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Maxim Vengerov joins the Oxford Philharmonic Orchestra for its Silver Jubilee

  • January 13, 2023
  • 4 min read
Maxim Vengerov joins the Oxford Philharmonic Orchestra for its Silver Jubilee

There are many violinists who are claimed by their agents to be great but in each generation only two or three really are; those that bear comparison with Heifitz, Menuhin and Ricci or, looking back a century or two, Joachim, Viotti and Corelli. One of those that can is Maxim Vengerov. “There are five elements that make concerts a success,” he says, “the instrument, the hall, the work being played, the audience and the players.” Giving concerts in the UK has been frustrating for Vengerov in the last few years. The 2020 season was meant to include a Royal Albert Hall concert marking 40 years of his playing in public but, thanks to the COVID shut downs, the celebratory concert with friends and students had to be postponed. Each time he rearranged it, another obstacle was chucked in front of him: first another COVID shut down, then the uncertainties caused by the war in Ukraine and finally, in perhaps the unluckiest twist of the lot, the death of Queen Elizabeth II and the cancellation because the concert would have coincided with her funeral.

Finally, there is another chance to celebrate, though, this time with the Oxford Philharmonic Orchestra (OPO) for its 25th anniversary celebrations in the Barbican Hall on 6th February. He will play Mendelssohn’s E Minor Concerto, conducted by the pianist and orchestra’s founder, Marios Papadopoulos.  The orchestra is not full time but is made up of some of the most recognisable freelance musicians living in Britain, like Garfield Jackson, the Principal Viola, who has been part of the Endellion Quartet for over 40 years, the violinist (much younger) Tereza Privatska from the Jubilee Quartet, or Principal Oboe, Gordon Hunt, who is just as established as a soloist around the world. Last June, Papadopoulos led his elite forces in their first visit to New York’s Carnegie Hall, to glowing reviews from the city’s notoriously sniffy critics.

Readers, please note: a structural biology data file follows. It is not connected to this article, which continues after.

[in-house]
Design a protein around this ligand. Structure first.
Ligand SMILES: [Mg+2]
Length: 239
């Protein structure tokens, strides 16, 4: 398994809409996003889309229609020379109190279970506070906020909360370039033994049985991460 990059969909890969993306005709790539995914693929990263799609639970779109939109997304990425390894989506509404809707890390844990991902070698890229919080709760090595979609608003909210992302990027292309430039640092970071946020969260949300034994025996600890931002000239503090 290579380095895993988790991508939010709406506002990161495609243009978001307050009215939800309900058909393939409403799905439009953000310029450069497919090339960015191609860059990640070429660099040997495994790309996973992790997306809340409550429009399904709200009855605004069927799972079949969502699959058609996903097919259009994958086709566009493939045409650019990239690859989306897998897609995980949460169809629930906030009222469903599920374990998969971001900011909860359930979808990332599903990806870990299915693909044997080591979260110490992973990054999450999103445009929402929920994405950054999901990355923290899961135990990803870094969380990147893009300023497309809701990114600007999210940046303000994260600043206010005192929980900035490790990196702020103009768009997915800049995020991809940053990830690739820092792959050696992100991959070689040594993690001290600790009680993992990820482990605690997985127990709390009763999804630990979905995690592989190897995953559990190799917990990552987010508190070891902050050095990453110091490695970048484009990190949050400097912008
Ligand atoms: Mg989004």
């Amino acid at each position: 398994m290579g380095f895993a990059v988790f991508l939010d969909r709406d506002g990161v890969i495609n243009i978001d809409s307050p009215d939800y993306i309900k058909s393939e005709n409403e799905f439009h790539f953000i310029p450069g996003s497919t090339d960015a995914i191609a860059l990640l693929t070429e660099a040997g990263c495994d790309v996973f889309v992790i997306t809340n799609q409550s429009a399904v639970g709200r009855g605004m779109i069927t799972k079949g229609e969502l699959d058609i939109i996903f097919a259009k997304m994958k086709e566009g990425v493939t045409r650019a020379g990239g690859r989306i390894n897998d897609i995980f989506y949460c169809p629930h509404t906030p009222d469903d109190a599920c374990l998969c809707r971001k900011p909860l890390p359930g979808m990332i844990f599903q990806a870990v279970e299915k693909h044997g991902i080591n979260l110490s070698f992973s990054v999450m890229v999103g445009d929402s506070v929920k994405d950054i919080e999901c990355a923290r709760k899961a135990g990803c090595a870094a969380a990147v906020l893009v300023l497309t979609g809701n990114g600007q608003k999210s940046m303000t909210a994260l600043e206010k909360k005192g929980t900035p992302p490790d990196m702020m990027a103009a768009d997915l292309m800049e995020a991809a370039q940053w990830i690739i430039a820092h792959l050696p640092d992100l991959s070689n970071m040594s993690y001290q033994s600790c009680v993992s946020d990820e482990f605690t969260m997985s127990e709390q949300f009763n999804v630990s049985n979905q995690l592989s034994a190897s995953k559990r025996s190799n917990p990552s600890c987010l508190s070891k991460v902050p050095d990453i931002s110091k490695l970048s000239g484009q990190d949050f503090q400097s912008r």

Concerts have been a part of Vengerov’s life since early childhood because his mother was a choral conductor. “I went to my first one when I was five, and of course I wanted to be a conductor but there was a violin maker, round the corner from our home, and he had an instrument that was small enough for me.”  He was born in 1974 in Novosibirsk, in the centre of southern Siberia, on the plains that border the Altai Mountains, over which is Mongolia. It sounds out of the way and secluded but Novosibirsk is the cosmopolitan centre for a huge hinterland. “When I was growing up it had five orchestras and ensembles as well as the opera and ballet,” Vengerov says.

His father was Principal Oboe of the Novosibirsk Philharmonic, conducted since its founding in 1956 by Arnold Katz who also took the orchestra of the Conservatoire. “The quality was very high,” Vengerov remembers, “…because in Soviet times many very fine musicians had been sent there from the big cities in western Russia. That meant I had somewhere really good to study and the best teachers. It was a city that took education seriously so that when I eventually went to Moscow, I found I was already well ahead.” That is an understatement. He won an international prize and made his first recording at the age of 10.

His main teacher was the Kazakh violinist Zakhar Bron, who also taught Daniel Hope and Vadim Repin – an impressive roster – and he followed Bron to western Europe when he left Siberia at the end of the 1980s. It was a good move because he was in the right place to go in for and win the 1990 Carl Flesch competition in London while still 15.

“Since then world has opened for me,” he says. Vengerov went on to study here at the Royal Academy of Music, left Russia permanently and took Israeli citizenship, but now lives in Monaco. He became UNICEF’s first ever Goodwill Ambassador in 1997. He has had a special relationship with the OPO for a decade, becoming its first Artist in Residence after his debut with them in 2013. This has given him the chance not only to play concertos but to develop his conducting. “But the violin is my mother tongue,” he shrugs. “…it will always be with me.”

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Simon Mundy

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